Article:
The Question of Addiction
There is a great movement underway to define pornography use as an addiction or dependency. Within this effort, there is even a call to define this particular issue a disease. As a Biblicist I would expect nothing less from humanistic, secular psychology, which has long been an advocate for excusing unhealthy conduct under the guise of illness. But to my surprise, it is not the psychologists who are to blame this time.
In fact, in the most recent Diagnostic and Statistical Manual of Mental Disorder (5th Edition), pornography addiction was rejected as a mental disorder. In other words, the mental health profession does not acknowledge pornography as an addiction or illness (Cassidy, 2013).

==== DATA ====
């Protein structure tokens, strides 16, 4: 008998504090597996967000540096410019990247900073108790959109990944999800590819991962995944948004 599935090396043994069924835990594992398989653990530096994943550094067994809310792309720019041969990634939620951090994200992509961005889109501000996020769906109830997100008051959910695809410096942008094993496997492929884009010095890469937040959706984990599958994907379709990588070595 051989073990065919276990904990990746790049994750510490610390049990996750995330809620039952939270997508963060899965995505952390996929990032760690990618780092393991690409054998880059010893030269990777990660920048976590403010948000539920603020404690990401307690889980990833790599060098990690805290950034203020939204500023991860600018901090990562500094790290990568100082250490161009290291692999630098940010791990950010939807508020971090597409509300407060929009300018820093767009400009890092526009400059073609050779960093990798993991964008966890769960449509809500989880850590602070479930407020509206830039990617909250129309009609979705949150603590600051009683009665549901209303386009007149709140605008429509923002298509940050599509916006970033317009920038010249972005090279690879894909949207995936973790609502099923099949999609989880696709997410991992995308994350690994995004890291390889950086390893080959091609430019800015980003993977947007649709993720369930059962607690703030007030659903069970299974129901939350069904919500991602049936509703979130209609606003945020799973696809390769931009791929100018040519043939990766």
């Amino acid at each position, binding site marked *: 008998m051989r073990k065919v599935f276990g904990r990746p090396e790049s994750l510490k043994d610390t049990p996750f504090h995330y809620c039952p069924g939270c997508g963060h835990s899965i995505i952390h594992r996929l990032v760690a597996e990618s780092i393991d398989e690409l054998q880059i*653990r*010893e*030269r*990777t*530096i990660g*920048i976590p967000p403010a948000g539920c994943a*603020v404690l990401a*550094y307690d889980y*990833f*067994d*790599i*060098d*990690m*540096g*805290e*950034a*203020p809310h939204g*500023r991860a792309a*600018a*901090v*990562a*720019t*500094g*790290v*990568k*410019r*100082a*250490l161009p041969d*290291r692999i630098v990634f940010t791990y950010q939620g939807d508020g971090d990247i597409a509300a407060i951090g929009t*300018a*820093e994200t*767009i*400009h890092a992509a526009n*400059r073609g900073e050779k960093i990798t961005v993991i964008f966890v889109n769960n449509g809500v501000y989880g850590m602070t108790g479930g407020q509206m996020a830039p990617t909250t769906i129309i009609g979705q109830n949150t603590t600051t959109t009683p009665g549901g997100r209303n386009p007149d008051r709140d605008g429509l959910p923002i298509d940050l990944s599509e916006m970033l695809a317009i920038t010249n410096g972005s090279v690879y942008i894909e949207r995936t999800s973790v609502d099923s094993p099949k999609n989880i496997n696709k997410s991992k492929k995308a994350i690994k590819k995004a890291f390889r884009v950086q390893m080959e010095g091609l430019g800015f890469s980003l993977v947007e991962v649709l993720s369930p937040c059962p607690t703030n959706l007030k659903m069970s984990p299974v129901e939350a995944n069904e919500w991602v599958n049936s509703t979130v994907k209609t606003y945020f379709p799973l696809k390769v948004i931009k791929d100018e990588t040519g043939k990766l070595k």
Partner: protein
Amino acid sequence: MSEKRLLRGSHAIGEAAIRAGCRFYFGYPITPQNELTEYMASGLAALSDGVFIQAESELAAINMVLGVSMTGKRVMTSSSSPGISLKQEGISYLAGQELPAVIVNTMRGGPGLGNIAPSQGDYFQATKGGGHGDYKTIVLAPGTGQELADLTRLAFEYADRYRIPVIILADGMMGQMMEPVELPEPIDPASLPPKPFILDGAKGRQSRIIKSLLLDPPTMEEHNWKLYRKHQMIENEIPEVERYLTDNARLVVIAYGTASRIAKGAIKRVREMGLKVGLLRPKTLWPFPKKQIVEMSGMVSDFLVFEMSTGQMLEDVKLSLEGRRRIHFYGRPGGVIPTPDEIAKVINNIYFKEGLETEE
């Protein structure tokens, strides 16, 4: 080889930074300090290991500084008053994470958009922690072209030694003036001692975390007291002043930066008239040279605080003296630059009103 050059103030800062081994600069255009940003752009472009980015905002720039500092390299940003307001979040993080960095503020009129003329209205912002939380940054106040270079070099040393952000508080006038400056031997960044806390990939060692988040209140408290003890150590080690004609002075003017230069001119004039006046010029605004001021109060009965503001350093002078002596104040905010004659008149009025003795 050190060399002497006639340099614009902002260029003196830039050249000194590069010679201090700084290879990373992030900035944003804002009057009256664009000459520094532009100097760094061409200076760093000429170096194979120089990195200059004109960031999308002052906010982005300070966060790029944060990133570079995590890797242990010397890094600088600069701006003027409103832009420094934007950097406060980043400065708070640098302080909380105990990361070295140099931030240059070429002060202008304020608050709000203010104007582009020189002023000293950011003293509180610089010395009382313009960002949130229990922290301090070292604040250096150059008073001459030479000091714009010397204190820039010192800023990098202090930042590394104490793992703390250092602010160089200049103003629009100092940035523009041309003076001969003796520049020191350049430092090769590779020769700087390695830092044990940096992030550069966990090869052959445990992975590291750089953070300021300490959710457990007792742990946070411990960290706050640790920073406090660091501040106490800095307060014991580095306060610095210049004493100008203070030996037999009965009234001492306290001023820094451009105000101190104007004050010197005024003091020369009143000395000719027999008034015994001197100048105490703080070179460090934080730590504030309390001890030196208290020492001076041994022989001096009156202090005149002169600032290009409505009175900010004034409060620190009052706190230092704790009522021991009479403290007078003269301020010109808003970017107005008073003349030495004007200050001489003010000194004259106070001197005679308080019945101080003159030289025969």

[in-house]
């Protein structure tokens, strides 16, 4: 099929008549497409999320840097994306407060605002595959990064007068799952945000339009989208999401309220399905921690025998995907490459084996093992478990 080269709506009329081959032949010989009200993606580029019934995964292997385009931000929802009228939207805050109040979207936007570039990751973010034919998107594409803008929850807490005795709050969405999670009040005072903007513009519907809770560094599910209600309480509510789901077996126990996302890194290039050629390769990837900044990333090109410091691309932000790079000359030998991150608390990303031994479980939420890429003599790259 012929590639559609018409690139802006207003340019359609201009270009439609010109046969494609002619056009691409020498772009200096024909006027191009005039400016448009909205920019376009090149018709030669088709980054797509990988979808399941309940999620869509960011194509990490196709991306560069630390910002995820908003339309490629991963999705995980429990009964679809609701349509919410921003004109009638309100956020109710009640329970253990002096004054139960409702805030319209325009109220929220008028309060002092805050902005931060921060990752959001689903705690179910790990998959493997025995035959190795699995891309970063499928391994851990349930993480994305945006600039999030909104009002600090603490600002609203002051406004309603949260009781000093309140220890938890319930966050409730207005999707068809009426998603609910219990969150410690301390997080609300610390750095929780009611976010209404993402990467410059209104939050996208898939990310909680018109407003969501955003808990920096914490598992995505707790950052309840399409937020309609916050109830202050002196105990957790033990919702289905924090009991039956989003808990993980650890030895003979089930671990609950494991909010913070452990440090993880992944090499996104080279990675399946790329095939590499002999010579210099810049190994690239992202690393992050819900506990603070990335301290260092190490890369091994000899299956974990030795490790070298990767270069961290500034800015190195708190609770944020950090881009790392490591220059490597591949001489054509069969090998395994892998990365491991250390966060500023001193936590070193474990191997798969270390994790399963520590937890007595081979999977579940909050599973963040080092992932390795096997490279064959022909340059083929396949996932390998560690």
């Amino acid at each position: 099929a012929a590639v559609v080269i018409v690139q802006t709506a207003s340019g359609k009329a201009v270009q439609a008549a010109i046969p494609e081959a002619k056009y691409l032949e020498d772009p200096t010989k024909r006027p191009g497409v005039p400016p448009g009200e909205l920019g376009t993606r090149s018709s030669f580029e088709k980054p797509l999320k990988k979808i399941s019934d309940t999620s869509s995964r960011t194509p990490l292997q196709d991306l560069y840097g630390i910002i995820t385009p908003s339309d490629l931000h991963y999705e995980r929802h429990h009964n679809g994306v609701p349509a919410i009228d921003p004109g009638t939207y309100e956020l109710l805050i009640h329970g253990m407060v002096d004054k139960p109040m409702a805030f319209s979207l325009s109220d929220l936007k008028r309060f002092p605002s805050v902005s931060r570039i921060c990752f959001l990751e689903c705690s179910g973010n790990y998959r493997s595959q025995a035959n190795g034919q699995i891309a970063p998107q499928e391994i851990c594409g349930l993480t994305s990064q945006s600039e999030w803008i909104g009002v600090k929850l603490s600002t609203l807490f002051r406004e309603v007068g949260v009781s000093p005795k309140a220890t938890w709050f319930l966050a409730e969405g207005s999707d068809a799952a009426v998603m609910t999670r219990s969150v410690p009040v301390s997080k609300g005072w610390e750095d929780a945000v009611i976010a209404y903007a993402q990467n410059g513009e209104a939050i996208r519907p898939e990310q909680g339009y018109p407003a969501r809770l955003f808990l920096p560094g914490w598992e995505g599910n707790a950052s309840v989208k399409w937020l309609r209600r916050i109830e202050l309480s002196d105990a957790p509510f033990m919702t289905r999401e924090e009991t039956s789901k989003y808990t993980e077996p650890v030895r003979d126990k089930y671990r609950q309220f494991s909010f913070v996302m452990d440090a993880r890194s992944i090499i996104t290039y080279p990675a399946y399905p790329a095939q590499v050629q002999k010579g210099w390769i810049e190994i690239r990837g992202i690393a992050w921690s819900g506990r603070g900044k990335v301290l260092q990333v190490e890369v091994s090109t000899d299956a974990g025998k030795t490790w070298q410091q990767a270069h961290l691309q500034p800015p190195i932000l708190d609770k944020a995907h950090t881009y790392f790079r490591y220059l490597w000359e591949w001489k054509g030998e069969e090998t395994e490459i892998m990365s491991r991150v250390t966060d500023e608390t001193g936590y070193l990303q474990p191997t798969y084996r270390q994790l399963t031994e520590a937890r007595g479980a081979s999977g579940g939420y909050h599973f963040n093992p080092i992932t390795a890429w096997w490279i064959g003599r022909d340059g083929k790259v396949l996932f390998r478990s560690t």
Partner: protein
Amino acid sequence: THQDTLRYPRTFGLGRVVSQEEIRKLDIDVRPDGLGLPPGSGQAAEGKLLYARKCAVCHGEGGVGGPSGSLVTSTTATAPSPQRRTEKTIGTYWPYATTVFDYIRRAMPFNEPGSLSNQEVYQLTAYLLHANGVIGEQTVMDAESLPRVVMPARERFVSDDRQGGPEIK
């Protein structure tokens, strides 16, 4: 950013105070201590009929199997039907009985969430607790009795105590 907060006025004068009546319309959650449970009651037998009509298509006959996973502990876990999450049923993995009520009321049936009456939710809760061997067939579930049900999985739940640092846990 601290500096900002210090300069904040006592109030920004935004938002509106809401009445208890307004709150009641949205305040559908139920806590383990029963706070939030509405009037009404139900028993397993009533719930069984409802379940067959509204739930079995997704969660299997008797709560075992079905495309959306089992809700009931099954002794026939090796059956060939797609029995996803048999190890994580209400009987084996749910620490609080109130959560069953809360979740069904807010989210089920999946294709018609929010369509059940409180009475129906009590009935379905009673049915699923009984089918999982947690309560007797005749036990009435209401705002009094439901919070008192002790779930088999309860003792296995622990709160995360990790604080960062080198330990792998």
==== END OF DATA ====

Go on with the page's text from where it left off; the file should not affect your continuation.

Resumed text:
When one considers the mindset of secular psychology, this point is understandable. In psychology normal is what most of the people do most of the time. Therefore, if most people use pornography, and most experience no consequence or distress in doing so, then the practice is not dysfunctional. Psychology considers pornography a problem only if there is a secondary or related effect like depression, anxiety, etc.
Yet when one conducts an Internet search, the term pornography addiction is proclaimed a medical fact by significant and influential leaders who ignore even scholarly research to advance their agenda. Regrettably the most outspoken proponents of this addiction model belong to the Church of the Lord Jesus Christ. Many of our leaders have decided it is more compassionate to label Christians addicted and ill rather than sinful.